Pineapple Express has its moments, but it's kind of harsh.
Pineapple Express is this summer's precise equivalent to Superbad: a Judd Apatow-produced buddy comedy directed by a proxy from the indie world (last time around, it was The Daytrippers' Greg Mottola; this time it's All the Real Girls' David Gordon Green). Both movies follow three marginally functional man-boys through a day and night of substance-abuse-related mayhem. The two movies were even released in the same part of the season, as a dog-days follow-up to the big Apatow comedy of early summer (in 2007, Knocked Up; this year, Forgetting Sarah Marshall).
Laugh for laugh, Pineapple Express is way funnier than Superbad. It may be the funniest mainstream comedy released so far this year (not that that means much when you've got The Love Guru pulling down your average). But my problem with the movie is the same that I had with its 2007 twin: It's a moral thing. The swath of destruction these boys leave in their wake—and Pineapple Express, unlike its predecessor, boasts a significant body count—seems disproportionate to the prevailing mood of dopey fun. Must every boys' night out culminate in exploding vehicles, multiple gunshot wounds, and piles of sadistically dispatched villains? Whatever happened to heading out to White Castle for sliders?
So much stoner humor rests on the simple fact that when you're high, accomplishing the most mundane task feels like a cognitive milestone. Hence the slider quest of the first Harold and Kumar movie, or Anna Faris' bewildering trek across Los Angeles in the unaccountably ignored Smiley Face. But Seth Rogen and James Franco, as the permanently zonked heroes of Pineapple Express, are saddled with problems that would stress out even the unbaked among us. Rogen plays Dale Denton, a process server in his mid-20s with little ambition beyond toking up and hanging with his barely legal girlfriend. On the way to deliver a subpoena to a drug boss named Ted Jones (Gary Cole), Dale witnesses a murder and flees in a panic to the house of his dimwitted dealer, Saul Silver (Franco). Dale leaves his joint behind at the crime scene, and Ted immediately pegs the weed as "Pineapple Express," a strain so rare that only he supplies it. Thus are Saul and Dale marked for destruction, along with Saul's middleman Red (Danny McBride).
The shaggy script (by Apatow, Rogen, and Evan Goldberg) careens deliriously from couchbound bull sessions to hyperviolent set pieces. The former are often hysterical, especially an early scene in which the needy Saul ropes Dale into smoking a state-of-the-art "cross-joint" while he holds forth on the work of his "second-favorite civil engineer" and the glories of Pineapple Express ("It smells like God's vagina … smoking this is sort of like killing a unicorn"). Similar to Brad Pitt, Franco may be a great character actor trapped in a leading man's body. He drooped as a listless hunk in the Spider-Man movies, the historical romance Flyboys, and that TV biopic of James Dean. But his Saul Silver is a wonder, a pajama-clad philosopher nearly dumb enough to qualify as a holy fool.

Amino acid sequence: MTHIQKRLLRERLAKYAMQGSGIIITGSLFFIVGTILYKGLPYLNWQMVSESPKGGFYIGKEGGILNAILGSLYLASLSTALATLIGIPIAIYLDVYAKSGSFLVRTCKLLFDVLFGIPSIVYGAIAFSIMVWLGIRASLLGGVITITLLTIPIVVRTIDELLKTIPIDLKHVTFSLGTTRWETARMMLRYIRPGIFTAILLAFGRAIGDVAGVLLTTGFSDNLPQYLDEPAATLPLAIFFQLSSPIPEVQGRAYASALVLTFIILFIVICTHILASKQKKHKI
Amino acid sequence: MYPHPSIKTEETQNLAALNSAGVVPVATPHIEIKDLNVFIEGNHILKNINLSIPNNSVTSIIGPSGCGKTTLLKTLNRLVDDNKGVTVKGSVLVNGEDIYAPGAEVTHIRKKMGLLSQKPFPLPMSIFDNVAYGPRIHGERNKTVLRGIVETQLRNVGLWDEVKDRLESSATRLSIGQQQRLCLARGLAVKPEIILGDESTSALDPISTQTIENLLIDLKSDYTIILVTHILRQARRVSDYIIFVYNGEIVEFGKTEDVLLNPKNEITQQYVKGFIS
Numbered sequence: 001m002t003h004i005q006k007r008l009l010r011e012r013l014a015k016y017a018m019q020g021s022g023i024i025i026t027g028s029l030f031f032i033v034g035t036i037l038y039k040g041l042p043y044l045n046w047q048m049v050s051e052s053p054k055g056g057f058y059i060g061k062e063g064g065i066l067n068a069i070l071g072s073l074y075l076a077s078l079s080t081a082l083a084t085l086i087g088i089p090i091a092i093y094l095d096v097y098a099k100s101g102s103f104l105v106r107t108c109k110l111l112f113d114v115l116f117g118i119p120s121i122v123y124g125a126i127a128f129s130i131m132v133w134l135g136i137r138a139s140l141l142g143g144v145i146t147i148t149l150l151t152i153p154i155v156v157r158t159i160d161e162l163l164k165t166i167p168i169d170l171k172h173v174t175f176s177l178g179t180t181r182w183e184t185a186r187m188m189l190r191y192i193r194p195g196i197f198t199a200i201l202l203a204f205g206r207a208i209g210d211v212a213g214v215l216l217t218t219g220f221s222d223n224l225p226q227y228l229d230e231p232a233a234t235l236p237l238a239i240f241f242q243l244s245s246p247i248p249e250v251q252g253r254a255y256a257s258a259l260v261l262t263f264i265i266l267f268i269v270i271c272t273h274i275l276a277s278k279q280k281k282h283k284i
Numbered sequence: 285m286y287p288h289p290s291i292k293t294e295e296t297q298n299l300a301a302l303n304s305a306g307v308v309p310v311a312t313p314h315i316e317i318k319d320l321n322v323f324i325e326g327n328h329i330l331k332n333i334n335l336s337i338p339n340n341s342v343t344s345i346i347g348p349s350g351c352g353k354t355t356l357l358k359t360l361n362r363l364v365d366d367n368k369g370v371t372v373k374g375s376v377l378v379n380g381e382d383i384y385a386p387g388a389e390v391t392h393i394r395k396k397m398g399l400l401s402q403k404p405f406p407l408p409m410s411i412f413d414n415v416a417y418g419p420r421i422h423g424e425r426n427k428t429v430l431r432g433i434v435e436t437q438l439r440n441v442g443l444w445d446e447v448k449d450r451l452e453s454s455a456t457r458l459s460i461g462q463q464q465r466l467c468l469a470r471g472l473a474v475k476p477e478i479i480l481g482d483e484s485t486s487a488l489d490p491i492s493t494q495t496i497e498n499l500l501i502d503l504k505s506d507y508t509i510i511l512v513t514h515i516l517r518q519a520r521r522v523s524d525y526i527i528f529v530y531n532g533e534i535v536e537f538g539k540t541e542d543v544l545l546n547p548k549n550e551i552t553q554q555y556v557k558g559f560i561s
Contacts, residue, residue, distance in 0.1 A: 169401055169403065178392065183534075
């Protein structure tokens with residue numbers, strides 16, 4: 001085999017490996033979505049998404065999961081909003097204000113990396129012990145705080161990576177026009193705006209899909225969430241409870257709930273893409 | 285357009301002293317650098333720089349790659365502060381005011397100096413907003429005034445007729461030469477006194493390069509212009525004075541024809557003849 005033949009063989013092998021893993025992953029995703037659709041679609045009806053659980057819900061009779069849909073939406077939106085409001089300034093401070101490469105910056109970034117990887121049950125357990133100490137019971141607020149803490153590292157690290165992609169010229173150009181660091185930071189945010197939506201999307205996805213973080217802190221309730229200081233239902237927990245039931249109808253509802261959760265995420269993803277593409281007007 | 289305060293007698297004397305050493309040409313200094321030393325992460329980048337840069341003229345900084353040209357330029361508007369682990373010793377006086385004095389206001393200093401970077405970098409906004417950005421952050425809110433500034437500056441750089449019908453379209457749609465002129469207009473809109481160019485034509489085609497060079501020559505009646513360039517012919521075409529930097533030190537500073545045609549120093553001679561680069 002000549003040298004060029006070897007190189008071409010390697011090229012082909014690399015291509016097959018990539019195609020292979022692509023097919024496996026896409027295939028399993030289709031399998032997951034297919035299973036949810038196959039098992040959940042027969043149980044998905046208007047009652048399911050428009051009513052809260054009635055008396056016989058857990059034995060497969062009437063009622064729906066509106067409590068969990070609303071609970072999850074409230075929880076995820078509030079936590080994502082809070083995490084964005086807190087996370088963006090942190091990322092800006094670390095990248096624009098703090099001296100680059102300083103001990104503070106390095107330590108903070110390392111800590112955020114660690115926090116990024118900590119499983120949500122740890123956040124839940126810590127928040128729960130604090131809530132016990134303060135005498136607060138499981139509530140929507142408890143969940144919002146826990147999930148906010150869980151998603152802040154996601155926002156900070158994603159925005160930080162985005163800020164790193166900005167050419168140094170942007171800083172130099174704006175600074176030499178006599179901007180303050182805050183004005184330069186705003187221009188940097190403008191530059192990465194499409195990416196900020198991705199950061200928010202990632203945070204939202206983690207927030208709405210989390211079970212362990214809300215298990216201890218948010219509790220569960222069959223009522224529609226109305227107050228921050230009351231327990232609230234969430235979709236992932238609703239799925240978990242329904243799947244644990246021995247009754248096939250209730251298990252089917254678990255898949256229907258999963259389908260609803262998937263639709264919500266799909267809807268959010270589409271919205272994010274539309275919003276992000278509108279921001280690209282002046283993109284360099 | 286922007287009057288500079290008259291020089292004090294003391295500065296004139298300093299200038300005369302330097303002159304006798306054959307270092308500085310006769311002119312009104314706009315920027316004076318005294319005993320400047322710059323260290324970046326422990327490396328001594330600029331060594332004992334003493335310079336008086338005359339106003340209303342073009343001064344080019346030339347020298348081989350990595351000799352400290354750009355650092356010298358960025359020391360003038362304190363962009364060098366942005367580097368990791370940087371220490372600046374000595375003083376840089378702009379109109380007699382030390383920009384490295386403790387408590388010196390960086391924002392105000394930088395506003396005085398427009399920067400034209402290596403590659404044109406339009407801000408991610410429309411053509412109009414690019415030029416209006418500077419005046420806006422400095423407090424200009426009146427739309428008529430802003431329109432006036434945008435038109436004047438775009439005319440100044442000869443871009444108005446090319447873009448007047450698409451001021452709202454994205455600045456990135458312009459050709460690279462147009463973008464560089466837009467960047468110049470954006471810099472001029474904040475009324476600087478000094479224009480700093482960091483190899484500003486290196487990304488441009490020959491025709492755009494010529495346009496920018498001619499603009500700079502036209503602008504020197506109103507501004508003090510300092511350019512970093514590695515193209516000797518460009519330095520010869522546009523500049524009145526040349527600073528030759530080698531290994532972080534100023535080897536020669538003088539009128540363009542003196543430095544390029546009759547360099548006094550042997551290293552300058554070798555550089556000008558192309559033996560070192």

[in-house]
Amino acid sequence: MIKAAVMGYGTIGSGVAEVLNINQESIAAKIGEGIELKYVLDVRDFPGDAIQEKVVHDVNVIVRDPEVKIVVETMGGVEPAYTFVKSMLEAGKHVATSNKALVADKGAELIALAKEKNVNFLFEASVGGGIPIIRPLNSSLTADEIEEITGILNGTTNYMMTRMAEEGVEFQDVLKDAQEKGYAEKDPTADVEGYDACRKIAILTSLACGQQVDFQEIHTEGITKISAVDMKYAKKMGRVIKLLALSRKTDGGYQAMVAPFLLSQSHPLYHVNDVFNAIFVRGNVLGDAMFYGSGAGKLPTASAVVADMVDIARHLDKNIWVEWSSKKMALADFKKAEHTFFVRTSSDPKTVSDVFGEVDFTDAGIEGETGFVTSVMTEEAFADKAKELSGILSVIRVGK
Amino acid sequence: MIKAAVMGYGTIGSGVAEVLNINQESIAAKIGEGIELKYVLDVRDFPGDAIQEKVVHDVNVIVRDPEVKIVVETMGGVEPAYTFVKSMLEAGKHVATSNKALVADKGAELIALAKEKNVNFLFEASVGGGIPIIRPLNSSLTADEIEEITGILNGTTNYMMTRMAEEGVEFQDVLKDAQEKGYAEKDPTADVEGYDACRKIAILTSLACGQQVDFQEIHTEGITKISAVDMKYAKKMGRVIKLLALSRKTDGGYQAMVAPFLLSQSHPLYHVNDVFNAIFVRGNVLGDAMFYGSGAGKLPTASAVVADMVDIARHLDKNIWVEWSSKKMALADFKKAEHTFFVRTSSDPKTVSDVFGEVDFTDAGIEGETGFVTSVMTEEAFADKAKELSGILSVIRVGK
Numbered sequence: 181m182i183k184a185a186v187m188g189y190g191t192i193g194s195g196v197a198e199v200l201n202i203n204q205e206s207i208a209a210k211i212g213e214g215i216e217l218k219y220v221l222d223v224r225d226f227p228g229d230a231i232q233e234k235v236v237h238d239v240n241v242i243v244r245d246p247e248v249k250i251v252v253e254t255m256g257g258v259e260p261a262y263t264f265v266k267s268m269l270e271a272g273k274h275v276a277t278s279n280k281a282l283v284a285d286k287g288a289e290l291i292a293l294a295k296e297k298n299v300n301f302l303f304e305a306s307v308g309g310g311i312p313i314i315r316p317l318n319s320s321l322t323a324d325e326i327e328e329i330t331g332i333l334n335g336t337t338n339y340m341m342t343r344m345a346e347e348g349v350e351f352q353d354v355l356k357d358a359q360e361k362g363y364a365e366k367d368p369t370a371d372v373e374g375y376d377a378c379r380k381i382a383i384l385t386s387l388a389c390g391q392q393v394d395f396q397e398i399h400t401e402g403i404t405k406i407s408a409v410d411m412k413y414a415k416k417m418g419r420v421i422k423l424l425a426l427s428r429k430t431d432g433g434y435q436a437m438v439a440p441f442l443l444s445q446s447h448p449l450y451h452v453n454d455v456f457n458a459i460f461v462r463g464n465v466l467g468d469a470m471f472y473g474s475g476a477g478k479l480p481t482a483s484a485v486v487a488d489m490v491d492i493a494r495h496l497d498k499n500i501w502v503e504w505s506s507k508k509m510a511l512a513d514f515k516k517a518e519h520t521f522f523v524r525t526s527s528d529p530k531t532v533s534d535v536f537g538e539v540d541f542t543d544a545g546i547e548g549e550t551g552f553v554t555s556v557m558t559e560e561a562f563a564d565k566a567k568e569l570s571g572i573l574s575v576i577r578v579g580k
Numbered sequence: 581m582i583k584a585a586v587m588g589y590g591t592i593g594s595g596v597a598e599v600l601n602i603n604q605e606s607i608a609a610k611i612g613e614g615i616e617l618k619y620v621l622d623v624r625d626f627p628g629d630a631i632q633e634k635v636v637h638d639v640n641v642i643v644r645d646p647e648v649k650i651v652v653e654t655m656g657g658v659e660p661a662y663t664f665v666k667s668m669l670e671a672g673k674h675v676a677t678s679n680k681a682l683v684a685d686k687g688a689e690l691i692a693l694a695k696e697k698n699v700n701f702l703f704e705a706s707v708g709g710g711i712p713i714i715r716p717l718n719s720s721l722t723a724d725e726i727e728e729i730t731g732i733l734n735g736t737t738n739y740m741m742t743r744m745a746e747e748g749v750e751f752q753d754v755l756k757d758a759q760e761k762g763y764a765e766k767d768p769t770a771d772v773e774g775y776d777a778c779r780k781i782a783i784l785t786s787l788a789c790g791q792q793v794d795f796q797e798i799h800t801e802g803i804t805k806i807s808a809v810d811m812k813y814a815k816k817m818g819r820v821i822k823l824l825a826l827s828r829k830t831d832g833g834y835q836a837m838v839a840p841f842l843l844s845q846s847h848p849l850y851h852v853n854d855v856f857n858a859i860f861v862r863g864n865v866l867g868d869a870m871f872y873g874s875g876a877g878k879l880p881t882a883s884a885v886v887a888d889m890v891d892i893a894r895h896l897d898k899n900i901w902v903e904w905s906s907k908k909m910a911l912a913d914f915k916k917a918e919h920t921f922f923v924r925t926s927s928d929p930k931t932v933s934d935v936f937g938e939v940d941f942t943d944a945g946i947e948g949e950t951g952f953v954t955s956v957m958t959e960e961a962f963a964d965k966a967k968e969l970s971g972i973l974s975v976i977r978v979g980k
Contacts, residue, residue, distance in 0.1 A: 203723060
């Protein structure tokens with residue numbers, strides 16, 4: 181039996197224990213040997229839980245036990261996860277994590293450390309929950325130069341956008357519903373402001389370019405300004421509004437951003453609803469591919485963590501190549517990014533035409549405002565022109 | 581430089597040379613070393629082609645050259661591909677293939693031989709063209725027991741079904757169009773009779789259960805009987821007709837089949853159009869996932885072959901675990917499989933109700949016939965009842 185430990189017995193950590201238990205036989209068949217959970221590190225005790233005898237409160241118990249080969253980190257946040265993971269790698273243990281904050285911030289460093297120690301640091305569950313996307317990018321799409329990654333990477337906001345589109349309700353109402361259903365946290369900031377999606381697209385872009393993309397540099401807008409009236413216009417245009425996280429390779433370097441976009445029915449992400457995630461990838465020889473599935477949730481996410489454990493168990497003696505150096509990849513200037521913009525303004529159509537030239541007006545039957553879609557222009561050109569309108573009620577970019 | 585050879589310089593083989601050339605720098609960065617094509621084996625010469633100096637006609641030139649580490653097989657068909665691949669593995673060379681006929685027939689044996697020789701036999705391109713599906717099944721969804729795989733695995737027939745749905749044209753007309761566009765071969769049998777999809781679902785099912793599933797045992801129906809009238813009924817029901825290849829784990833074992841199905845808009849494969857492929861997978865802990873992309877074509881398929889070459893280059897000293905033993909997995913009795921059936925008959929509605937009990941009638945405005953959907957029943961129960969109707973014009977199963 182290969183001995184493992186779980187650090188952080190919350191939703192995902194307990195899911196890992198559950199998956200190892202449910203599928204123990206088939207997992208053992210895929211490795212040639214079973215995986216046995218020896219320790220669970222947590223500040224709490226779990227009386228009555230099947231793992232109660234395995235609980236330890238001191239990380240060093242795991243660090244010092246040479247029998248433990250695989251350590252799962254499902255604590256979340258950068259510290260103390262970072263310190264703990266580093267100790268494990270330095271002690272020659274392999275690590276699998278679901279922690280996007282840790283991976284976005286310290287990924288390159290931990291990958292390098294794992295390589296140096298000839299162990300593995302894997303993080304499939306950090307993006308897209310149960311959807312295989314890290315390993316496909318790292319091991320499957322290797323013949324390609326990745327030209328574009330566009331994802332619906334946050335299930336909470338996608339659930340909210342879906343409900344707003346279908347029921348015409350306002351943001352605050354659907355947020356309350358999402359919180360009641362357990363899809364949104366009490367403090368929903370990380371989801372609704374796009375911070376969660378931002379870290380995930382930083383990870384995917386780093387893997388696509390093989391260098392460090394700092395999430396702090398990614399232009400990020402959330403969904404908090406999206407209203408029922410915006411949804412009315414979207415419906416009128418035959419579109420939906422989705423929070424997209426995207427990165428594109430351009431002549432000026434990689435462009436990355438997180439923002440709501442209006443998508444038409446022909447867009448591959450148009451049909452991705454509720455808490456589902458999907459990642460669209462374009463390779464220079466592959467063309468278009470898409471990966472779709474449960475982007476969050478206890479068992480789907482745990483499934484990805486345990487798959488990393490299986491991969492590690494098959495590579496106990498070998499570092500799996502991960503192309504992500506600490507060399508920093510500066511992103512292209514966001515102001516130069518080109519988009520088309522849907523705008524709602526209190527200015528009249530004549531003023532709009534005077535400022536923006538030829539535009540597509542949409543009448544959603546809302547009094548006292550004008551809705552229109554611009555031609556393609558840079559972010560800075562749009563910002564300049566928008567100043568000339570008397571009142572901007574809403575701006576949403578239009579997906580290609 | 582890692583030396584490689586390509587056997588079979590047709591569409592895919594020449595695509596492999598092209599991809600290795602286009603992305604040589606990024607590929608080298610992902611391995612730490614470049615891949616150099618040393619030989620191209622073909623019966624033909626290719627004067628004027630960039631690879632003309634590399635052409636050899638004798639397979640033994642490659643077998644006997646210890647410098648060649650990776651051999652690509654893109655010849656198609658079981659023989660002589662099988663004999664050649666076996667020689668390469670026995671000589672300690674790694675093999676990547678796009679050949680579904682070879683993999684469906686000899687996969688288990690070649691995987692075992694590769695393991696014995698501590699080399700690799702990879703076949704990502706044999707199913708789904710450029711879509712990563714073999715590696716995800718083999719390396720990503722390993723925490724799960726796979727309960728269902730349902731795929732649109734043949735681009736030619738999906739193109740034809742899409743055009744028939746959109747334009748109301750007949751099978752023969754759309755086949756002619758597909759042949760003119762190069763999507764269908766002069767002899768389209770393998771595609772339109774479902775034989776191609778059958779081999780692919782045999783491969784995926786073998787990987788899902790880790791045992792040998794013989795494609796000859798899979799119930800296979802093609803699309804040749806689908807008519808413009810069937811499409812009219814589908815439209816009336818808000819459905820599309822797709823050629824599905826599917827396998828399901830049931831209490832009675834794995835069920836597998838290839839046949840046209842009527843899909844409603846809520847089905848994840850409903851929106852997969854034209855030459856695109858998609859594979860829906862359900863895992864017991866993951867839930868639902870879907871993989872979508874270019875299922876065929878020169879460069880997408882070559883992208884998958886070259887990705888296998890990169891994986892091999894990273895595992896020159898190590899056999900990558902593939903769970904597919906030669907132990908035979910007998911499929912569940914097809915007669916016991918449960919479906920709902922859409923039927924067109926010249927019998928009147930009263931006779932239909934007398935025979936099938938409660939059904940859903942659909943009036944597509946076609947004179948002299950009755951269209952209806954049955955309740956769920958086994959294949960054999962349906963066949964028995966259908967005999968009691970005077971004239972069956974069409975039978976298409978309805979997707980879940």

Rogen's acerbic and bumbling but ultimately warmhearted Dale isn't exactly a stretch from the character he's been playing ever since Freaks and Geeks—himself, I guess—but he reliably delivers the Rogen goods. And Danny McBride as the blustering, cowardly Red (imagine Falstaff in a mullet and a frayed kimono) is a genuine comic discovery. Indeed, McBride ought to have been discovered earlier this summer as a lovelorn tae kwon do instructor in the barely seen indie comedy The Foot Fist Way. But between this attention-grabbing role and his appearance next week in Ben Stiller's Tropic Thunder, he should be commanding his own goofy franchise in a matter of months.
David Gordon Green and his fine cinematographer Tim Orr, whose previous films have been long on poetic voice-over and contemplative landscape-gazing, have no idea how to direct an action sequence—and why should they? The nearly 20-minute shoot-'em-up that concludes this film, involving car crashes, bombs, Korean ninjas, and light-saber duels with marijuana grow lights, makes no visual sense. But worse, it makes no sense in the movie as a whole. Why, at the end of a movie that's all about the minimalist pleasures of friendship (in one lovely, dialogue-free scene, Dale and Saul play leapfrog in the woods and marvel at a caterpillar), do we need an extended tribute to Tarantino-style "comic" gore? I guess the sight of Seth Rogen holding up a square-inch segment of his own ear cartilage does provide a frisson of queasy hilarity. But the casual bloodthirstiness of the last reel—particularly the dreadful end met by one endearing thug—seems out of keeping with the movie's essential sweetness, a far cry from Saul's trademark sign off: "Peace out."